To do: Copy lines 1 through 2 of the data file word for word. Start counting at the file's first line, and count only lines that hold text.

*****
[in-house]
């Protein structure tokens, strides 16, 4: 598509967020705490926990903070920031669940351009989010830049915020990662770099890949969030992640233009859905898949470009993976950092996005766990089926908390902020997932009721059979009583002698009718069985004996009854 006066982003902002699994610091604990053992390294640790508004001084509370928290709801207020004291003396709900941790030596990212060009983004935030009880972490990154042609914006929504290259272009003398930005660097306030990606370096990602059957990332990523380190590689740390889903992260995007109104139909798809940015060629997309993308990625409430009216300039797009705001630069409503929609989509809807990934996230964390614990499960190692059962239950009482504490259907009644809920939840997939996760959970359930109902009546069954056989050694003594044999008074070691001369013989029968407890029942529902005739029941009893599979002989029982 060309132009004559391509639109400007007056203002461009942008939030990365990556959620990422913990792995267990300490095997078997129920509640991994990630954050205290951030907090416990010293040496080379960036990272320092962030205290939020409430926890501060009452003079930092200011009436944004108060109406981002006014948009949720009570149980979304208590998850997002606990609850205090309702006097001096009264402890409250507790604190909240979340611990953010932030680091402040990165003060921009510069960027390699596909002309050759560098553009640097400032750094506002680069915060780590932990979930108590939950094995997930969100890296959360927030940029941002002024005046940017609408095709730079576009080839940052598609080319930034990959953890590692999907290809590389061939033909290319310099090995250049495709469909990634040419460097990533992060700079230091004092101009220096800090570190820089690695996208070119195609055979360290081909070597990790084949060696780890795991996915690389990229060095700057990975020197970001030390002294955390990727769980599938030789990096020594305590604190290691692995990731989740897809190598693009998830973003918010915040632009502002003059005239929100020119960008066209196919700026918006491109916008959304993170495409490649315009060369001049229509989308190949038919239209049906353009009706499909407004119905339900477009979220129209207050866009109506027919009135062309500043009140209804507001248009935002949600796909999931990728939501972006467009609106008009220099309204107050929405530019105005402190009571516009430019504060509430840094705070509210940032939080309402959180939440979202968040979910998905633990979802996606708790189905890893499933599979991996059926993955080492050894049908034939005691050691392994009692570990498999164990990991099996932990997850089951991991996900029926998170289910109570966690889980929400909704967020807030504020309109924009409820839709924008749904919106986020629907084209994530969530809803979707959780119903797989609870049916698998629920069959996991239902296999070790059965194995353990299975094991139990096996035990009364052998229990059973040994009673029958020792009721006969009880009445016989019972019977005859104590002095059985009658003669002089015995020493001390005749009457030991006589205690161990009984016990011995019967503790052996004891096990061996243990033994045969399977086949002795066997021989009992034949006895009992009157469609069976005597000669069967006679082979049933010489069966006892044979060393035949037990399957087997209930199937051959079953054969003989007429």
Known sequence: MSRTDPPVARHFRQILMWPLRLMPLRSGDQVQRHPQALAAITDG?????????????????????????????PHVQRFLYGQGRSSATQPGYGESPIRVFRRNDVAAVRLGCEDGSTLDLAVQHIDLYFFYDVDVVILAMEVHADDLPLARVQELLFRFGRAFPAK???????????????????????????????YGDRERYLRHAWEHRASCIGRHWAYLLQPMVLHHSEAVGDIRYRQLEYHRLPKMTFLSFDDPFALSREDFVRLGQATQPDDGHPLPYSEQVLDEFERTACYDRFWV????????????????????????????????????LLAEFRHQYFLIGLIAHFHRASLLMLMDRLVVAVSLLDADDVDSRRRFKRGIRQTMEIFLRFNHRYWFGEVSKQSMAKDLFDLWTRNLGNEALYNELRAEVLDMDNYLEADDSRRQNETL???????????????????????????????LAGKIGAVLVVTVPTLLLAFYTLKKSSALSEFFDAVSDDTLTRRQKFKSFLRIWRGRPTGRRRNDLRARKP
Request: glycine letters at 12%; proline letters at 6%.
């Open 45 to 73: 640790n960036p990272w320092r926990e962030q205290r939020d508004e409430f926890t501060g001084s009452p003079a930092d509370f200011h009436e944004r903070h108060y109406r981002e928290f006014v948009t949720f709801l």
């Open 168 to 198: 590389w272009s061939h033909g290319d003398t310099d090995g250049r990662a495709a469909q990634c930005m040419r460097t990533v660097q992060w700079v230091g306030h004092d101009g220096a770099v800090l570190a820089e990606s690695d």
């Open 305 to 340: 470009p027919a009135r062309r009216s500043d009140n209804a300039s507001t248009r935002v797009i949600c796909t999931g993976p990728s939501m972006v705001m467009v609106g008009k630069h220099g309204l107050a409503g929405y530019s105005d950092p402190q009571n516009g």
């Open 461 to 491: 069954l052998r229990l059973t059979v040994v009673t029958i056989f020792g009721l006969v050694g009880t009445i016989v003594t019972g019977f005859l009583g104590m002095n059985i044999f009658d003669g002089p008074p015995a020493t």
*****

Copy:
[in-house]
């Protein structure tokens, strides 16, 4: 598509967020705490926990903070920031669940351009989010830049915020990662770099890949969030992640233009859905898949470009993976950092996005766990089926908390902020997932009721059979009583002698009718069985004996009854 006066982003902002699994610091604990053992390294640790508004001084509370928290709801207020004291003396709900941790030596990212060009983004935030009880972490990154042609914006929504290259272009003398930005660097306030990606370096990602059957990332990523380190590689740390889903992260995007109104139909798809940015060629997309993308990625409430009216300039797009705001630069409503929609989509809807990934996230964390614990499960190692059962239950009482504490259907009644809920939840997939996760959970359930109902009546069954056989050694003594044999008074070691001369013989029968407890029942529902005739029941009893599979002989029982 060309132009004559391509639109400007007056203002461009942008939030990365990556959620990422913990792995267990300490095997078997129920509640991994990630954050205290951030907090416990010293040496080379960036990272320092962030205290939020409430926890501060009452003079930092200011009436944004108060109406981002006014948009949720009570149980979304208590998850997002606990609850205090309702006097001096009264402890409250507790604190909240979340611990953010932030680091402040990165003060921009510069960027390699596909002309050759560098553009640097400032750094506002680069915060780590932990979930108590939950094995997930969100890296959360927030940029941002002024005046940017609408095709730079576009080839940052598609080319930034990959953890590692999907290809590389061939033909290319310099090995250049495709469909990634040419460097990533992060700079230091004092101009220096800090570190820089690695996208070119195609055979360290081909070597990790084949060696780890795991996915690389990229060095700057990975020197970001030390002294955390990727769980599938030789990096020594305590604190290691692995990731989740897809190598693009998830973003918010915040632009502002003059005239929100020119960008066209196919700026918006491109916008959304993170495409490649315009060369001049229509989308190949038919239209049906353009009706499909407004119905339900477009979220129209207050866009109506027919009135062309500043009140209804507001248009935002949600796909999931990728939501972006467009609106008009220099309204107050929405530019105005402190009571516009430019504060509430840094705070509210940032939080309402959180939440979202968040979910998905633990979802996606708790189905890893499933599979991996059926993955080492050894049908034939005691050691392994009692570990498999164990990991099996932990997850089951991991996900029926998170289910109570966690889980929400909704967020807030504020309109924009409820839709924008749904919106986020629907084209994530969530809803979707959780119903797989609870049916698998629920069959996991239902296999070790059965194995353990299975094991139990096996035990009364052998229990059973040994009673029958020792009721006969009880009445016989019972019977005859104590002095059985009658003669002089015995020493001390005749009457030991006589205690161990009984016990011995019967503790052996004891096990061996243990033994045969399977086949002795066997021989009992034949006895009992009157469609069976005597000669069967006679082979049933010489069966006892044979060393035949037990399957087997209930199937051959079953054969003989007429």